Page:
Rocket Scientists

Years ago I heard a story about a pastor who was ready to quit after just a few months at his new church. Every decision he made, every item in business meetings, and every issue in church council meetings was being questioned in detail. The lay leaders wanted to know every answer before they gave their approval. And the pastor didn’t have every answer –he knew that some answers would only come “somewhere down the road” and that wasn’t good enough for many of his key leaders. He was frustrated to the point of quitting and he expressed this to the monthly gathering of local pastors, a group with whom he could share his feelings and problems.

Some of them laughed at him which he didn’t appreciate. They asked him where these lay leaders worked who were “causing this trouble.” “At NASA, of course, and they are all rocket scientists,” was his answer. This was a “company town” in that the major employer in the county was NASA and yes, the lay leaders of every church in that city were, quite literally, rocket scientists.

Rocket scientists are a special breed of engineers. Engineers study the heck out of everything – they want to know the answer to problem and potential problem before they embark on actually carrying it out. Rocket scientists take it one step further because they know that they never get a “do over.” If something breaks in a factory, the engineer can go in with a team, find a solution, and fix the problem. That is usually not an option for rocket scientists – they’ve got to know and prevent every single problem that might even remotely happen before they even build the rocket. That is a phenomenal amount of planning. These rocket scientists were merely taking their training to their church’s finance, personnel, deacons’, and church council meetings. And the new pastor didn’t understand the background of his leaders.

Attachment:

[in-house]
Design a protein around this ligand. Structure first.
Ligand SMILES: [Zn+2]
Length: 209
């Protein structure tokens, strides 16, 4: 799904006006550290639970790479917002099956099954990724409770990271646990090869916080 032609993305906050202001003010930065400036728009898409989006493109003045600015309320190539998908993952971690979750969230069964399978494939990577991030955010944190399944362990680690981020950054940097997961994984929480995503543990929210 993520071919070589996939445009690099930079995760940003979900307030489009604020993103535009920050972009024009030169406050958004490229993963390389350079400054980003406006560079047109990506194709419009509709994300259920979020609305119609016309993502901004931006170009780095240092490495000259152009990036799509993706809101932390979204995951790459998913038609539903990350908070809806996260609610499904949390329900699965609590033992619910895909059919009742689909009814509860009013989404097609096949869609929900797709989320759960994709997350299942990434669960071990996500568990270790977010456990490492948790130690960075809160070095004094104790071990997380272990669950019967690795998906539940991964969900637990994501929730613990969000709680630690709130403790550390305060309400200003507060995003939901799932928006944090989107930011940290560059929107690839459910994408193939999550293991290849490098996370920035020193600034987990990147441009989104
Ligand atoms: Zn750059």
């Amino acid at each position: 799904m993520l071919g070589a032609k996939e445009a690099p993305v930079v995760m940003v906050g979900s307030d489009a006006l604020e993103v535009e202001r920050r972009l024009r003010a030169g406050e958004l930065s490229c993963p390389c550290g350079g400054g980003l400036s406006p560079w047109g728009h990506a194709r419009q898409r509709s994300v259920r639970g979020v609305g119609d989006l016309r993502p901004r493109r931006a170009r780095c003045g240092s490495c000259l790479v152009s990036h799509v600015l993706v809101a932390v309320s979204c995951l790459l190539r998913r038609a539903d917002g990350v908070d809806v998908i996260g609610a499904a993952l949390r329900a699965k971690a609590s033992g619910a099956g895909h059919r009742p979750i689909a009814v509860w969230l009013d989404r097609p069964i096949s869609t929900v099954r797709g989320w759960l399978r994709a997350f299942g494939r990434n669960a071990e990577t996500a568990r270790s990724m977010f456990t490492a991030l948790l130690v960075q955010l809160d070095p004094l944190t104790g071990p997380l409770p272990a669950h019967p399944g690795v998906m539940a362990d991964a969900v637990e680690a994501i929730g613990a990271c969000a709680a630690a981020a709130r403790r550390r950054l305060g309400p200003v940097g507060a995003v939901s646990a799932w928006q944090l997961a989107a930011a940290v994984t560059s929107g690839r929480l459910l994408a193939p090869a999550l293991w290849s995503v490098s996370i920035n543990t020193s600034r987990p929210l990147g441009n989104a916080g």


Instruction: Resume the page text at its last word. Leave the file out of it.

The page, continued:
After his colleagues helped him understand the dynamics of working in that city, the pastor had a long tenure there. He helped the leaders understand that in church work, you don’t know all the problems before you embark on a project and you certainly don’t have to have all the answers ahead of time. The leaders helped to pastor to be more organized in planning and assessing the failure or success of an activity. In short, they helped each other as they were making decisions.

The lesson for leaders is to understand who they are working with and the backgrounds each one brings to the table. Everyone has different gifts and those can be a huge asset to the organization if they are used correctly (or damaging if used improperly). Get to know your people and use their skills for the Kingdom.

(FYI: I’ve heard this story is true and attributed to a specific church but without confirmation, I prefer to leave it more as a parable than fact.)

Lead On!